We all know the typical, mealtime song and dance. Chicken goes with pasta, hamburgers go with fries, soups go with bread and butter, etc., etc., etc. So what if you want to get a little creative and stray from these typical meals? It’s incredibly easy to come up with great meal ideas for dinner if you know the basic building blocks for a meal.
#1 Meat or Protein: A protein is typically the main part of any dish. Yes, there are the exceptions, like in pasta dishes and stir frys, but generally a main course is a portion of protein accompanied with sides. This protein serving can be anything from chicken to lobster. If your main protein is an expensive cut of meat, try not to drown it out with a heavy sauce. Instead, let the flavors speak for themselves. Pick your protein wisely, as it will dictate the rest of your meal.
#2 Vegetable: Next comes the veggies. While vegetables aren’t critical to every meal, they do contribute to a healthy and wholesome diet and should be considered as you’re preparing meals for your family. Lobster pairs well with lighter-colored vegetables, like squash and zucchini, while a filet or steak is strong enough to bolster something a bit heavier, like grilled onions and mushrooms, or grilled asparagus. The grilled vegetables go well with the smoked tastes of a steak hot off the grill.
Another contributing factor to your vegetable selection could be the season. Pick vegetables that are in season for your meals so that you can get the freshest produce at the supermarket. There are plenty of info graphics online that can tell you what’s in season in your area.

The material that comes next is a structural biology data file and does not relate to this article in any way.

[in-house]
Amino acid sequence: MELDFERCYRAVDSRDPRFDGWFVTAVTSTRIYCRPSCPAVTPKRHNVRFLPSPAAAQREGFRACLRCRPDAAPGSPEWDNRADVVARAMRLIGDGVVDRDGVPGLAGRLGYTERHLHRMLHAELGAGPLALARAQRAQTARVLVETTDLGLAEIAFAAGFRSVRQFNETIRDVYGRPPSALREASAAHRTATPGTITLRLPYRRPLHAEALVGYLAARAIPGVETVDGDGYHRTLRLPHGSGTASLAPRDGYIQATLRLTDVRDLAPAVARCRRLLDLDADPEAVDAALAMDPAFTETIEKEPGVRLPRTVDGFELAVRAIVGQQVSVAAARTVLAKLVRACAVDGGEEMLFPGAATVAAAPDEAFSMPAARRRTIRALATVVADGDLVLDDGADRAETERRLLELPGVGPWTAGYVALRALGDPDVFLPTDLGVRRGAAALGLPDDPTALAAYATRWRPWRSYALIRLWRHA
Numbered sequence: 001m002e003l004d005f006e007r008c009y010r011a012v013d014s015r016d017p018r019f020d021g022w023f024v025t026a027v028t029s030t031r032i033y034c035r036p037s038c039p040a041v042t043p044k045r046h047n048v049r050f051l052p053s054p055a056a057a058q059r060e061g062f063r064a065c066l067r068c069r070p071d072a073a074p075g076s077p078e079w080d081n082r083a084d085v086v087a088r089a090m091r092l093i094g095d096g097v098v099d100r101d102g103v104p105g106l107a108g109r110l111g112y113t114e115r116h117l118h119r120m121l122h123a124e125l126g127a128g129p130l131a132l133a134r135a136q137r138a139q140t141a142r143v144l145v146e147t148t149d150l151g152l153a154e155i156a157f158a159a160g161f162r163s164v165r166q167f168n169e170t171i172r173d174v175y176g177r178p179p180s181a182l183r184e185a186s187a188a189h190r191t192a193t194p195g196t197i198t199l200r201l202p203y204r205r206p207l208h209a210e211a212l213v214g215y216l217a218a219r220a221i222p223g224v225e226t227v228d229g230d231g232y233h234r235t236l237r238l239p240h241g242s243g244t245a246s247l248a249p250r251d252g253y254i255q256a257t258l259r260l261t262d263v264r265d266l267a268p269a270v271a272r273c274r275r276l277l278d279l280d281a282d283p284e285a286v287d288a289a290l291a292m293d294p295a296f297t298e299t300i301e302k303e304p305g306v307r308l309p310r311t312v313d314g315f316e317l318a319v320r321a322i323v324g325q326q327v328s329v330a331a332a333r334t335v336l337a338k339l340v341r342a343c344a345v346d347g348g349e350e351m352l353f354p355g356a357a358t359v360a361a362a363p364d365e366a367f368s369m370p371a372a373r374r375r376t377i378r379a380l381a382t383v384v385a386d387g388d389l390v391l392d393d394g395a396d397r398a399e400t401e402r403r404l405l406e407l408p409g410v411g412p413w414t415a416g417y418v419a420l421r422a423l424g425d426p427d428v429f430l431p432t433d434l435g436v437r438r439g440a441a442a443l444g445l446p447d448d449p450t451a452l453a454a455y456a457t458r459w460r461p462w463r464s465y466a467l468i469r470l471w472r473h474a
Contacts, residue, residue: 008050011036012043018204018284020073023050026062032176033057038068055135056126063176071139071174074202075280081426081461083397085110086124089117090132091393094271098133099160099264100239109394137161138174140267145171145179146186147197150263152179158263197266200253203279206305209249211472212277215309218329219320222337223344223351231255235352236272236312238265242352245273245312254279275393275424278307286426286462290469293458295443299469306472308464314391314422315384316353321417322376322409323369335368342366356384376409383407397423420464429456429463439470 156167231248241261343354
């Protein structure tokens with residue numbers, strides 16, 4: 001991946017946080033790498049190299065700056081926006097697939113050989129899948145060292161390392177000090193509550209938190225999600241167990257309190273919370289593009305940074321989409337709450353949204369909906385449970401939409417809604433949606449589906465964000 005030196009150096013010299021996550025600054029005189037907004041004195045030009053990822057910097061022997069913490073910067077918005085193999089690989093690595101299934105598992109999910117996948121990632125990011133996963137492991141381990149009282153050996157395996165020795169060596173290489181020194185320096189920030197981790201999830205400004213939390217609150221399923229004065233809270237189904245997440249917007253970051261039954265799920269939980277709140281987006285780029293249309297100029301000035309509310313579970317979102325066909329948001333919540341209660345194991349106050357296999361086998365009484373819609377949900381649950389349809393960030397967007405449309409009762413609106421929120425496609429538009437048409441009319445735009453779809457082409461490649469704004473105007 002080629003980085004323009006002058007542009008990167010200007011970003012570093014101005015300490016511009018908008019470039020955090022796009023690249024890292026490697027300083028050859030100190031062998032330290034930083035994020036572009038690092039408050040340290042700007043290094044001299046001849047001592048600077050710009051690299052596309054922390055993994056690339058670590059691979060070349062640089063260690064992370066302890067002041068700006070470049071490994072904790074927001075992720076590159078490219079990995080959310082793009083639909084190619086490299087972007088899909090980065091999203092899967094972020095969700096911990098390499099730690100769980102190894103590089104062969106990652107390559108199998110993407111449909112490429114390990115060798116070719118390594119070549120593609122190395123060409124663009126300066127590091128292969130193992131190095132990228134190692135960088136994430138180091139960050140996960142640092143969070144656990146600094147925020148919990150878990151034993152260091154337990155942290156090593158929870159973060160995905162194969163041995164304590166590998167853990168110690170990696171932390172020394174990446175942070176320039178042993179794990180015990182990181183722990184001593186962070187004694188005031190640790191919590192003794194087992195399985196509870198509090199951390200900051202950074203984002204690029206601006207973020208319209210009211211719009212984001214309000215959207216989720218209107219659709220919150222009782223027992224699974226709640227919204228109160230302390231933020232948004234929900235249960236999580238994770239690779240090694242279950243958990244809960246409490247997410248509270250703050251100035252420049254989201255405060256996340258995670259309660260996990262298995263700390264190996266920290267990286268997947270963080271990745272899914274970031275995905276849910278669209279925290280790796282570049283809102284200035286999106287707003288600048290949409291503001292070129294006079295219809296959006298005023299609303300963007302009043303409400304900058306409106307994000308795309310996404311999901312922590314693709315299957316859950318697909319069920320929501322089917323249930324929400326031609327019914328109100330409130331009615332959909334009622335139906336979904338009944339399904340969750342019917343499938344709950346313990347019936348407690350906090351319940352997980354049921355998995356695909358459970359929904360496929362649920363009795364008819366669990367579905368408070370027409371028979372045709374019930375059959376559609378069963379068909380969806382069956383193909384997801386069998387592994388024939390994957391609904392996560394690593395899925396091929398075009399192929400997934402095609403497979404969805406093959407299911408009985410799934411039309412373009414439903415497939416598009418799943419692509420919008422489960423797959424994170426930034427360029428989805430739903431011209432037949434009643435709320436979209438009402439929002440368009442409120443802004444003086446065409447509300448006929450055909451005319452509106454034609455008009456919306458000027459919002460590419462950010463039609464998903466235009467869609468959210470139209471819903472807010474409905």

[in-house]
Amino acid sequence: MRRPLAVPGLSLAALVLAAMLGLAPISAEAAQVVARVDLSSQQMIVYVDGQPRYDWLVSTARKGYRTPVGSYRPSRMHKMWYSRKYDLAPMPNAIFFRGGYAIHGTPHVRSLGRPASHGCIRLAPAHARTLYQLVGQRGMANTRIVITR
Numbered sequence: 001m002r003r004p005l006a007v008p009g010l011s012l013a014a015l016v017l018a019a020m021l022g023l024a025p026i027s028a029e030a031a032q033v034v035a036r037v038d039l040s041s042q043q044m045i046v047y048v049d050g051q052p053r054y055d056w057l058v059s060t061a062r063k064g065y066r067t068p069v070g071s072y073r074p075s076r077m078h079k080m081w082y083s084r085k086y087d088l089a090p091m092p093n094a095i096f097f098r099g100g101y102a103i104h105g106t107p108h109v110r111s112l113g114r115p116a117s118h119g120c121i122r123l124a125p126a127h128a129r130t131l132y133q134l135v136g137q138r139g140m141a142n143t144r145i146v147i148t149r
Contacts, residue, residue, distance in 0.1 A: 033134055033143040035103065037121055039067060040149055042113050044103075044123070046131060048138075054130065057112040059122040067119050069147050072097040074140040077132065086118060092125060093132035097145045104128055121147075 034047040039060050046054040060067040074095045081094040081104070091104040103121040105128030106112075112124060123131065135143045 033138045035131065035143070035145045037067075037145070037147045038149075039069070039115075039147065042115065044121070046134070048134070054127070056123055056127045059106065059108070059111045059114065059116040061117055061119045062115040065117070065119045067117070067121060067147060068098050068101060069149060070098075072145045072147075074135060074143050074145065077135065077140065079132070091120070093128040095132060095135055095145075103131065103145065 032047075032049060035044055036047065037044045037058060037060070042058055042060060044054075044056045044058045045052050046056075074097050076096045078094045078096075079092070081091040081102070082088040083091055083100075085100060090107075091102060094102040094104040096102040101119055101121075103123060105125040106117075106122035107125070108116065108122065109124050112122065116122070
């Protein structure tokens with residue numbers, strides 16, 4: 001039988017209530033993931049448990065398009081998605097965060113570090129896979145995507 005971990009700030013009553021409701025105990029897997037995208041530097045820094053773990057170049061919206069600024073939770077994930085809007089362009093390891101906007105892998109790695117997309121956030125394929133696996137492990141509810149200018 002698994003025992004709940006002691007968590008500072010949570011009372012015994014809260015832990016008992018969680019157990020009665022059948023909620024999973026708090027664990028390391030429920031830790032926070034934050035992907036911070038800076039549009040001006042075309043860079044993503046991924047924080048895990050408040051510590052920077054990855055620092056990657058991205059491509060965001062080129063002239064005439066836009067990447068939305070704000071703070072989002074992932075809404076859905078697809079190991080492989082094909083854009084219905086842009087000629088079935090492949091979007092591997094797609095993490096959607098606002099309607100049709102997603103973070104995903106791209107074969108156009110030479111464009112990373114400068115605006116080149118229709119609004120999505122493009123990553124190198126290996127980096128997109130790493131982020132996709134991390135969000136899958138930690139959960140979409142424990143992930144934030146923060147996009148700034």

#3 Starch: You can add further depth to your dish by contributing a starch to accompany your vegetable and protein. Corn tastes great with a lobster dish, jasmine rice looks elegant next to a cod or mahi mahi, and chicken goes with, well, basically anything. Shorter pastas, like penne, are versitle and can be sauced or spiced to go with nearly any main dish.
#4 Sweet: You can’t end a meal on a sour note. Instead, pick a sweet and lovely dessert to end your perfectly balanced meal. You can analyze the characteristics of your protein to decide on an adequate dessert. For example, if you’re dining on a filet mignon, you’ll want to end with something equally rich, like a chocolate-based dessert. If you’re preparing an American-style chicken, like one marinated in a honey-dijon sauce, you can follow it with an equally American dessert, like apple pie with some vanilla ice cream. For a main dish marinated or complimented with citrus, like seafood, a dessert with citrus, like a sorbet or a lemon merengue could be perfect.
There are several other factors you should keep in mind when you’re creating a meal. For example, color is crucial to any dish, so make your meal look appetizing by adding color through vibrant vegetables or garnishes. A well-arranged dish is also more appetizing than a dish that is haphazardly assembled. Try not to get too messy in the kitchen! Also remember that a salad or bread served before the main course may not necessarily account for your vegetable and starch, so serve all three factors (protein, veggie, and starch) all on the same plate, even if you’ve already served a preliminary course. You don’t want your protein to be lonely on the plate, all by itself. When in doubt, look to the category of the main dish’s preparation (American, Italian, Indian, Chinese, etc.) and choose your side dishes from there. You can’t go wrong.